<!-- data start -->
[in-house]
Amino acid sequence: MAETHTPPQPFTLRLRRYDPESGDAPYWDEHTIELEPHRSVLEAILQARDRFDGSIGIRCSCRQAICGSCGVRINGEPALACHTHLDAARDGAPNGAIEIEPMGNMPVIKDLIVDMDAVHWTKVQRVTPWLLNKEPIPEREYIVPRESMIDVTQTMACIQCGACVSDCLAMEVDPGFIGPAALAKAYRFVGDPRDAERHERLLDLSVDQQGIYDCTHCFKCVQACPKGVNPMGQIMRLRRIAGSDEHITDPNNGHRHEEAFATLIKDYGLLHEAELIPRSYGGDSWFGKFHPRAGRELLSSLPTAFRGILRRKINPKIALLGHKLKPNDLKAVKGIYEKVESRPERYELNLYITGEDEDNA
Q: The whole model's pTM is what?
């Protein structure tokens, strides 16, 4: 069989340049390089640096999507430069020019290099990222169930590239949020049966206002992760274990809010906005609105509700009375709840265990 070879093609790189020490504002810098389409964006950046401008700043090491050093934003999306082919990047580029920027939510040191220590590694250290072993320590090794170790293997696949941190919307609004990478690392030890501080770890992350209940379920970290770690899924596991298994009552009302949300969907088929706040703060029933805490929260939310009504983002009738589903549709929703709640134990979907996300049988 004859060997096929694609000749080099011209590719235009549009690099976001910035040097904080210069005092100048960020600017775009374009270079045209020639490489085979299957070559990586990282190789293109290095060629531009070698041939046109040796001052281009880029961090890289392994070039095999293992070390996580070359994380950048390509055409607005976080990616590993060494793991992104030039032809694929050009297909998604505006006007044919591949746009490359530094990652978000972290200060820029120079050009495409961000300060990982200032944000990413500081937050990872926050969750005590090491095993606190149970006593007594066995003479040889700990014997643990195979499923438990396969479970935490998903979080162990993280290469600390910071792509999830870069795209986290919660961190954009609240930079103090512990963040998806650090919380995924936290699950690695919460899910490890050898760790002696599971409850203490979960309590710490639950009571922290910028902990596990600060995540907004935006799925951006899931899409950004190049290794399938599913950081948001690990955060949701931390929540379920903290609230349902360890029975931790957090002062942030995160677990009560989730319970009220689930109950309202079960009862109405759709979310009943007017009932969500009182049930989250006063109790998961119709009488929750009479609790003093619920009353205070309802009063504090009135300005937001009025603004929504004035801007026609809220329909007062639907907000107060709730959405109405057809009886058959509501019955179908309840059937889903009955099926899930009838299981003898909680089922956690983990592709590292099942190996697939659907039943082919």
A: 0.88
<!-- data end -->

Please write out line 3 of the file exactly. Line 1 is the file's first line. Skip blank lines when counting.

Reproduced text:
Q: The whole model's pTM is what?